Dr Venkatachalam Anbumozhi of the Economic Research Institute for ASEAN and East Asia (ERIA) and Dr Janto Hess of the United Nations Development Programme (UNDP) shared their insights in response to the circulated policy brief. Dr Anbumozhi informed participants about ERIA’s work examining the impact of COVID-19 on agricultural supply chains and promoting digitalisation within the agriculture sector throughout the ASEAN region. He also reflected on ASEAN’s response to other crises in the past. Dr Janto Hess offered a number of recommendations to improve some aspects of the policy brief.
Both speakers contrasted the challenges posed by the pandemic with the unique opportunity for innovative thinking to ‘build back better’ and advance more climate-friendly and resilient agricultural practices across the region. They recommended action to promote the integration of digital technology into agricultural supply chains and to align existing policies and plans with changing realities and needs on the ground.
Insights from Member States
Viet Nam, through IPSARD, shared the country’s responses to the impact of COVID-19 on the agriculture sector. Some of these strategies include diversifying production, harnessing new marketing channels, improving access to information on markets and demand, and promoting the use of digital technology. This was followed by contributions from other countries such as Cambodia, Malaysia, Thailand and Indonesia outlining their own experience in this area.
Next, working in small groups, the participants explored potentially more effective approaches to combining COVID-19 responses with climate action in the agriculture sector and identified a broad range of areas for further engagement. These include highlighting the need to break down existing silos in policy-making, developing plans for both short- and long-term action and mobilising funding from various sources. The list of key mechanisms identified by participants for advancing a green recovery in agriculture included digital technologies, better access to data, agricultural insurance, pest and disease management, reforestation and agroforestry.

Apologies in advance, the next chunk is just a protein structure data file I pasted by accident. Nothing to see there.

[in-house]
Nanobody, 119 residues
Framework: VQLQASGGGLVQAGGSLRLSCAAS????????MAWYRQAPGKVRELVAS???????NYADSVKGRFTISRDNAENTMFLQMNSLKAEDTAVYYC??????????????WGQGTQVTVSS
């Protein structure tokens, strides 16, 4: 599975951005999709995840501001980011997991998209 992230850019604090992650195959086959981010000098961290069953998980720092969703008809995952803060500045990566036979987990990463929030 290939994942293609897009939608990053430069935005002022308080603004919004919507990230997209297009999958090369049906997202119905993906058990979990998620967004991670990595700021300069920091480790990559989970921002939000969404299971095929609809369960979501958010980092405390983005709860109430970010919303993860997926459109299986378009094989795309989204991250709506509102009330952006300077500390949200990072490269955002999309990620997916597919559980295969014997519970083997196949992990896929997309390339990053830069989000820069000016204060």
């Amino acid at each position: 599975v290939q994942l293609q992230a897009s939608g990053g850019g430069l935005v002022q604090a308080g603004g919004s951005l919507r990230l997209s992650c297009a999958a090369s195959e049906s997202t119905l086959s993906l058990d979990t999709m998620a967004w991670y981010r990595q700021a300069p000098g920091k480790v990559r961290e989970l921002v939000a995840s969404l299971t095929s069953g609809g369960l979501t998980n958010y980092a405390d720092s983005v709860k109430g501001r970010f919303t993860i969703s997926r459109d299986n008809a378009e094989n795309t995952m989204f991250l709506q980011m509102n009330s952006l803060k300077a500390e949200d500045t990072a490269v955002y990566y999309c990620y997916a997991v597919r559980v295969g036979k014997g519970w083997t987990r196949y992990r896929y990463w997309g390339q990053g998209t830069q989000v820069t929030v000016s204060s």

The virtual event was designed to support the implementation of the ACRF and facilitate the sharing of knowledge on climate-smart agriculture and food systems through ASEAN-CRN. It was supported by the Climate-Smart Land Use (CSLU) in ASEAN project, which is implemented by the Deutsche Gesellschaft für Internationale Zusammenarbeit (GIZ) GmbH with funding from the German Federal Ministry for Economic Cooperation and Development, in cooperation with the Climate & Clean Air Coalition (CCAC).
Based on the results of the event, GIZ and CCAC will revise the original policy on this topic and disseminate the final version to a broader audience.
The event documentation will be available at :
Exploring the nexus of climate change, food security and the COVID-19 pandemic, June 2021.